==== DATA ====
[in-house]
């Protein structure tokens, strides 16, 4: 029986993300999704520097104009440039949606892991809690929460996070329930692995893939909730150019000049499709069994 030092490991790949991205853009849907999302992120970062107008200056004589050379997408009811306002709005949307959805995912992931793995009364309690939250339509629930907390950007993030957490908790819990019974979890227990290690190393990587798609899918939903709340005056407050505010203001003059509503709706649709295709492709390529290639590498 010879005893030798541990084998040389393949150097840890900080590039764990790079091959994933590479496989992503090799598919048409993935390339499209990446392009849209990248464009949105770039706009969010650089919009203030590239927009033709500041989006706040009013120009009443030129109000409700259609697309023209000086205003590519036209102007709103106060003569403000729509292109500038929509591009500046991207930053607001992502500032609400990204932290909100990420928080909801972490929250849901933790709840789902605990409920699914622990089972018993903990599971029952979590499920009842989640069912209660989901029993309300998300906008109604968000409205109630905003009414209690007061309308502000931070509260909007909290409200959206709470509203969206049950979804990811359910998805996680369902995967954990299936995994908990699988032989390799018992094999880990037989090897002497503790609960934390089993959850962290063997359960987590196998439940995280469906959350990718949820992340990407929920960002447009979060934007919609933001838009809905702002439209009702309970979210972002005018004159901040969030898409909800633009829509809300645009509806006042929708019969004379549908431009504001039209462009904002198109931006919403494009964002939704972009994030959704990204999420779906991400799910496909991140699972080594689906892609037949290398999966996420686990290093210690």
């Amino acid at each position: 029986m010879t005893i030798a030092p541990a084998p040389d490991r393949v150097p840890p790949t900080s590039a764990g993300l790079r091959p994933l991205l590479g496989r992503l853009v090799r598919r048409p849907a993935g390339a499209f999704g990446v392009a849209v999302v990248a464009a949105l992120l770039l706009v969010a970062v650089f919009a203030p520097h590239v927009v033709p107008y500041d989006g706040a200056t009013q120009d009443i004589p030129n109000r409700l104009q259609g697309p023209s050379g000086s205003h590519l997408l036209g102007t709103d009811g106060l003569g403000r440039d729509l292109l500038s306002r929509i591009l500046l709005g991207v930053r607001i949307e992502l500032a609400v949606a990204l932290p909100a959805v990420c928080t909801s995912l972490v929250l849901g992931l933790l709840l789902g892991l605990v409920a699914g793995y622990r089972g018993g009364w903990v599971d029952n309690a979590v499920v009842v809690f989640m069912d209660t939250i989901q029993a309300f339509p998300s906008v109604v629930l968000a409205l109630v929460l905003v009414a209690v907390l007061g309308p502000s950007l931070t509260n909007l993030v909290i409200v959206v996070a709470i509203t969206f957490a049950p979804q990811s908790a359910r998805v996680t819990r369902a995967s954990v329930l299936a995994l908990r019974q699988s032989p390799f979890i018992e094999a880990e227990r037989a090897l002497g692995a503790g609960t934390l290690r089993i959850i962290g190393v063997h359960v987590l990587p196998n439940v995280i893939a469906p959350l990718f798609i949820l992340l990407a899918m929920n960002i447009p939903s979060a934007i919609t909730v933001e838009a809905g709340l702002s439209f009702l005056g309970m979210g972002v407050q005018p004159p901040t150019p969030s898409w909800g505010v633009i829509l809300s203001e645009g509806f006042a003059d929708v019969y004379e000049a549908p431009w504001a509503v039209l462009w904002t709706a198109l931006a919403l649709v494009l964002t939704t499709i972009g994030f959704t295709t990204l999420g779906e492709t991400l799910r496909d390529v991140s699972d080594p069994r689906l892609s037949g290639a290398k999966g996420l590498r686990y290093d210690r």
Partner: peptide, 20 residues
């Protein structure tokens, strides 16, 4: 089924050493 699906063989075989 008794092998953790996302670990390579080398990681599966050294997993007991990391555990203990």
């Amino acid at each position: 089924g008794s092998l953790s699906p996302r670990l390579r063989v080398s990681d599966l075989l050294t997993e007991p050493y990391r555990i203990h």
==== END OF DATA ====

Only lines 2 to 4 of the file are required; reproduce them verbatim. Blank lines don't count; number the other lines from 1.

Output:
């Protein structure tokens, strides 16, 4: 029986993300999704520097104009440039949606892991809690929460996070329930692995893939909730150019000049499709069994 030092490991790949991205853009849907999302992120970062107008200056004589050379997408009811306002709005949307959805995912992931793995009364309690939250339509629930907390950007993030957490908790819990019974979890227990290690190393990587798609899918939903709340005056407050505010203001003059509503709706649709295709492709390529290639590498 010879005893030798541990084998040389393949150097840890900080590039764990790079091959994933590479496989992503090799598919048409993935390339499209990446392009849209990248464009949105770039706009969010650089919009203030590239927009033709500041989006706040009013120009009443030129109000409700259609697309023209000086205003590519036209102007709103106060003569403000729509292109500038929509591009500046991207930053607001992502500032609400990204932290909100990420928080909801972490929250849901933790709840789902605990409920699914622990089972018993903990599971029952979590499920009842989640069912209660989901029993309300998300906008109604968000409205109630905003009414209690007061309308502000931070509260909007909290409200959206709470509203969206049950979804990811359910998805996680369902995967954990299936995994908990699988032989390799018992094999880990037989090897002497503790609960934390089993959850962290063997359960987590196998439940995280469906959350990718949820992340990407929920960002447009979060934007919609933001838009809905702002439209009702309970979210972002005018004159901040969030898409909800633009829509809300645009509806006042929708019969004379549908431009504001039209462009904002198109931006919403494009964002939704972009994030959704990204999420779906991400799910496909991140699972080594689906892609037949290398999966996420686990290093210690």
């Amino acid at each position: 029986m010879t005893i030798a030092p541990a084998p040389d490991r393949v150097p840890p790949t900080s590039a764990g993300l790079r091959p994933l991205l590479g496989r992503l853009v090799r598919r048409p849907a993935g390339a499209f999704g990446v392009a849209v999302v990248a464009a949105l992120l770039l706009v969010a970062v650089f919009a203030p520097h590239v927009v033709p107008y500041d989006g706040a200056t009013q120009d009443i004589p030129n109000r409700l104009q259609g697309p023209s050379g000086s205003h590519l997408l036209g102007t709103d009811g106060l003569g403000r440039d729509l292109l500038s306002r929509i591009l500046l709005g991207v930053r607001i949307e992502l500032a609400v949606a990204l932290p909100a959805v990420c928080t909801s995912l972490v929250l849901g992931l933790l709840l789902g892991l605990v409920a699914g793995y622990r089972g018993g009364w903990v599971d029952n309690a979590v499920v009842v809690f989640m069912d209660t939250i989901q029993a309300f339509p998300s906008v109604v629930l968000a409205l109630v929460l905003v009414a209690v907390l007061g309308p502000s950007l931070t509260n909007l993030v909290i409200v959206v996070a709470i509203t969206f957490a049950p979804q990811s908790a359910r998805v996680t819990r369902a995967s954990v329930l299936a995994l908990r019974q699988s032989p390799f979890i018992e094999a880990e227990r037989a090897l002497g692995a503790g609960t934390l290690r089993i959850i962290g190393v063997h359960v987590l990587p196998n439940v995280i893939a469906p959350l990718f798609i949820l992340l990407a899918m929920n960002i447009p939903s979060a934007i919609t909730v933001e838009a809905g709340l702002s439209f009702l005056g309970m979210g972002v407050q005018p004159p901040t150019p969030s898409w909800g505010v633009i829509l809300s203001e645009g509806f006042a003059d929708v019969y004379e000049a549908p431009w504001a509503v039209l462009w904002t709706a198109l931006a919403l649709v494009l964002t939704t499709i972009g994030f959704t295709t990204l999420g779906e492709t991400l799910r496909d390529v991140s699972d080594p069994r689906l892609s037949g290639a290398k999966g996420l590498r686990y290093d210690r």
Partner: peptide, 20 residues